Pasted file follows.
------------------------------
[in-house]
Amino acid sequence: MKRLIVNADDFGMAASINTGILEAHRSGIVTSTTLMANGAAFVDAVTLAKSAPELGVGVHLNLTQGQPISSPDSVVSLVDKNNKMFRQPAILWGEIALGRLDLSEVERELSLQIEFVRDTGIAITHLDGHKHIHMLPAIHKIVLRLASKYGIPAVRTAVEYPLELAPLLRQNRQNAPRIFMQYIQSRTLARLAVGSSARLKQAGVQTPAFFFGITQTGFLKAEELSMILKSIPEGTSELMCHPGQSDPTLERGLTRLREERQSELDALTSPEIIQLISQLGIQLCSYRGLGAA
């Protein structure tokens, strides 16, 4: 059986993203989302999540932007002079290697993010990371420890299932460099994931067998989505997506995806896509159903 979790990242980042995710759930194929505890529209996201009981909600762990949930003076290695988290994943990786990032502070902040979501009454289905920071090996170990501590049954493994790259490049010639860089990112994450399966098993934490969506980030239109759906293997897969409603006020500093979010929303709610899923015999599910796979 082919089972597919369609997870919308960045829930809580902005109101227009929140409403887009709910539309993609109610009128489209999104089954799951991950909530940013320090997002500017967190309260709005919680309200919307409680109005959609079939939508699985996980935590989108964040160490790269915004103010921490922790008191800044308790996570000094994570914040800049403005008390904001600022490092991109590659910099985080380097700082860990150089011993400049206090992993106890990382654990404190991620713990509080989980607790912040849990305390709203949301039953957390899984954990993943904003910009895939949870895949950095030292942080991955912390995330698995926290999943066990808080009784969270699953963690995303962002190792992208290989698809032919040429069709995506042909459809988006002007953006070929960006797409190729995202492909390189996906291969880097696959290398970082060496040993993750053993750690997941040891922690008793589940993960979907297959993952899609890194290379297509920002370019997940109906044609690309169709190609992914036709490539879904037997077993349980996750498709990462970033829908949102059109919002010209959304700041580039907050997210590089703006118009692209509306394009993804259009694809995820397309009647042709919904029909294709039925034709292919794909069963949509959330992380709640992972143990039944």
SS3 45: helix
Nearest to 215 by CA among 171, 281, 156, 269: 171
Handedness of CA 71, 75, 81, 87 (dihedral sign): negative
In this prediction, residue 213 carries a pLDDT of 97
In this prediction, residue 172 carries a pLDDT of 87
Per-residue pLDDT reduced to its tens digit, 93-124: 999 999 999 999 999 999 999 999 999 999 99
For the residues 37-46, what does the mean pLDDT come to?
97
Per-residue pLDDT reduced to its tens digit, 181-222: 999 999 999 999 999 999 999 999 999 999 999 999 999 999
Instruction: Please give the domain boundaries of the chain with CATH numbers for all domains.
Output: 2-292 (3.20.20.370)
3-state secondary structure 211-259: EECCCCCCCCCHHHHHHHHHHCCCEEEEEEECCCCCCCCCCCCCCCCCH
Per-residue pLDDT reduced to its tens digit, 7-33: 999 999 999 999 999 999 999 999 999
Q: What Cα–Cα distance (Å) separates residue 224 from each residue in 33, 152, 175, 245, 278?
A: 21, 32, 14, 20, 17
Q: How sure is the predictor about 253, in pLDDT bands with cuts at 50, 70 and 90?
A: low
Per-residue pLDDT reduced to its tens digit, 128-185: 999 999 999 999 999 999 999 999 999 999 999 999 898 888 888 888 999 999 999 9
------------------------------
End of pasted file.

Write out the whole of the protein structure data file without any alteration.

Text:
[in-house]
Amino acid sequence: MKRLIVNADDFGMAASINTGILEAHRSGIVTSTTLMANGAAFVDAVTLAKSAPELGVGVHLNLTQGQPISSPDSVVSLVDKNNKMFRQPAILWGEIALGRLDLSEVERELSLQIEFVRDTGIAITHLDGHKHIHMLPAIHKIVLRLASKYGIPAVRTAVEYPLELAPLLRQNRQNAPRIFMQYIQSRTLARLAVGSSARLKQAGVQTPAFFFGITQTGFLKAEELSMILKSIPEGTSELMCHPGQSDPTLERGLTRLREERQSELDALTSPEIIQLISQLGIQLCSYRGLGAA
């Protein structure tokens, strides 16, 4: 059986993203989302999540932007002079290697993010990371420890299932460099994931067998989505997506995806896509159903 979790990242980042995710759930194929505890529209996201009981909600762990949930003076290695988290994943990786990032502070902040979501009454289905920071090996170990501590049954493994790259490049010639860089990112994450399966098993934490969506980030239109759906293997897969409603006020500093979010929303709610899923015999599910796979 082919089972597919369609997870919308960045829930809580902005109101227009929140409403887009709910539309993609109610009128489209999104089954799951991950909530940013320090997002500017967190309260709005919680309200919307409680109005959609079939939508699985996980935590989108964040160490790269915004103010921490922790008191800044308790996570000094994570914040800049403005008390904001600022490092991109590659910099985080380097700082860990150089011993400049206090992993106890990382654990404190991620713990509080989980607790912040849990305390709203949301039953957390899984954990993943904003910009895939949870895949950095030292942080991955912390995330698995926290999943066990808080009784969270699953963690995303962002190792992208290989698809032919040429069709995506042909459809988006002007953006070929960006797409190729995202492909390189996906291969880097696959290398970082060496040993993750053993750690997941040891922690008793589940993960979907297959993952899609890194290379297509920002370019997940109906044609690309169709190609992914036709490539879904037997077993349980996750498709990462970033829908949102059109919002010209959304700041580039907050997210590089703006118009692209509306394009993804259009694809995820397309009647042709919904029909294709039925034709292919794909069963949509959330992380709640992972143990039944």
SS3 45: helix
Nearest to 215 by CA among 171, 281, 156, 269: 171
Handedness of CA 71, 75, 81, 87 (dihedral sign): negative
In this prediction, residue 213 carries a pLDDT of 97
In this prediction, residue 172 carries a pLDDT of 87
Per-residue pLDDT reduced to its tens digit, 93-124: 999 999 999 999 999 999 999 999 999 999 99
For the residues 37-46, what does the mean pLDDT come to?
97
Per-residue pLDDT reduced to its tens digit, 181-222: 999 999 999 999 999 999 999 999 999 999 999 999 999 999
Instruction: Please give the domain boundaries of the chain with CATH numbers for all domains.
Output: 2-292 (3.20.20.370)
3-state secondary structure 211-259: EECCCCCCCCCHHHHHHHHHHCCCEEEEEEECCCCCCCCCCCCCCCCCH
Per-residue pLDDT reduced to its tens digit, 7-33: 999 999 999 999 999 999 999 999 999
Q: What Cα–Cα distance (Å) separates residue 224 from each residue in 33, 152, 175, 245, 278?
A: 21, 32, 14, 20, 17
Q: How sure is the predictor about 253, in pLDDT bands with cuts at 50, 70 and 90?
A: low
Per-residue pLDDT reduced to its tens digit, 128-185: 999 999 999 999 999 999 999 999 999 999 999 999 898 888 888 888 999 999 999 9